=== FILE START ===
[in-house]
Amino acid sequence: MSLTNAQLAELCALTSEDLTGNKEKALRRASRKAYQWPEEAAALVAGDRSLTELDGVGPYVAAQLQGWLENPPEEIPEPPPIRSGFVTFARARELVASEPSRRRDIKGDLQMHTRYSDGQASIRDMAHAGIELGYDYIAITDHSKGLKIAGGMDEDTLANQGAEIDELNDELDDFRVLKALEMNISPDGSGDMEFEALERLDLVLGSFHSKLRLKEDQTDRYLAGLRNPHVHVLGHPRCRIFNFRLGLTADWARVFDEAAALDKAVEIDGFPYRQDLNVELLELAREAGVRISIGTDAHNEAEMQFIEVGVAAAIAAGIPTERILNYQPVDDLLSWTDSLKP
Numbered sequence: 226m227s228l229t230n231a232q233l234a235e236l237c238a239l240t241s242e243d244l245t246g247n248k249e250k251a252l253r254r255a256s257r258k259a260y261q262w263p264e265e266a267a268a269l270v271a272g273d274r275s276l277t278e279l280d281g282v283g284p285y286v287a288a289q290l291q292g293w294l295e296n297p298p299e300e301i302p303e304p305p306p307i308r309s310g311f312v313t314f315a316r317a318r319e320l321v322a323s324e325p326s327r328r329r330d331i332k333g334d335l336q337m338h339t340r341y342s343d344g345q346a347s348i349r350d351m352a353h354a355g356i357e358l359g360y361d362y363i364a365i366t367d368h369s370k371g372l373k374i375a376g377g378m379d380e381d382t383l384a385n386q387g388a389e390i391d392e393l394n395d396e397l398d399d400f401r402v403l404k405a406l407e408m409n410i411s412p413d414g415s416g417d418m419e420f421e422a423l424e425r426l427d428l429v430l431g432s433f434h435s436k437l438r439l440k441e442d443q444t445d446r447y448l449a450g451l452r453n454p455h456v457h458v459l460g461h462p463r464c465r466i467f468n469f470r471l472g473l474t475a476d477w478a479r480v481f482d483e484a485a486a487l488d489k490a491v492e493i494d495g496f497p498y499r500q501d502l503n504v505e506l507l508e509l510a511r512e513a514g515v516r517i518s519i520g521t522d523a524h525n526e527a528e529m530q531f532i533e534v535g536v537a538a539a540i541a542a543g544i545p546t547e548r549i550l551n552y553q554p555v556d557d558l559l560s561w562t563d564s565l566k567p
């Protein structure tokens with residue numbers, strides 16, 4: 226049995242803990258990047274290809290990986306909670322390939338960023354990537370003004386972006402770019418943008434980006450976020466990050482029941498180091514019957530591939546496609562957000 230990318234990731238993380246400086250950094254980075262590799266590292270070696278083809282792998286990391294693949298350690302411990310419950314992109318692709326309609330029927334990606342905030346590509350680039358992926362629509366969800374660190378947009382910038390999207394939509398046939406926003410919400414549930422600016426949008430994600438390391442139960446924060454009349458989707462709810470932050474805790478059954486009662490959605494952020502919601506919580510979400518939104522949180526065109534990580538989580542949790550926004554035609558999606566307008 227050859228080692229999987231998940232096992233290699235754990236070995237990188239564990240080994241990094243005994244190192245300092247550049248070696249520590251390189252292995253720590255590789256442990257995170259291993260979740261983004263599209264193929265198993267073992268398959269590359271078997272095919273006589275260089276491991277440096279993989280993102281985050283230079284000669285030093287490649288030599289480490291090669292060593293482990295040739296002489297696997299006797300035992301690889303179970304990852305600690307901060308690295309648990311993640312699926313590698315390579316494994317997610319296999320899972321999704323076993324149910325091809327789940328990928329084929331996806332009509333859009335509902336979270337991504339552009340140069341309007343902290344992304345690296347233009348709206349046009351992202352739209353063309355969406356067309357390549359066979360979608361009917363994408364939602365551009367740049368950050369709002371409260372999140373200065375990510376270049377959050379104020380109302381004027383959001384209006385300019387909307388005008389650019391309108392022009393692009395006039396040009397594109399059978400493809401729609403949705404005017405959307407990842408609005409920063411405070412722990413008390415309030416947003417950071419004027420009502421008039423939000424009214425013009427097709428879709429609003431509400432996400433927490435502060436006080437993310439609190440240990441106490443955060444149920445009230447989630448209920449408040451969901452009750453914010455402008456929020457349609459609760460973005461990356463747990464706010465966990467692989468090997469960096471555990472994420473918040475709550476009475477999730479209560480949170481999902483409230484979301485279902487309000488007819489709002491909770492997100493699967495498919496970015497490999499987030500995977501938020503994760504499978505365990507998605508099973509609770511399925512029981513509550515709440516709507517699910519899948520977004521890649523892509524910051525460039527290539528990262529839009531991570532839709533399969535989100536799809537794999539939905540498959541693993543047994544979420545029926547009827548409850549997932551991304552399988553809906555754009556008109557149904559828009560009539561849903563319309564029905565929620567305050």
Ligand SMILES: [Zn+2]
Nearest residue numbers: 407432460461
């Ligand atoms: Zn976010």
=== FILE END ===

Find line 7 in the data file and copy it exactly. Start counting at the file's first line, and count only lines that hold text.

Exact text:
């Ligand atoms: Zn976010």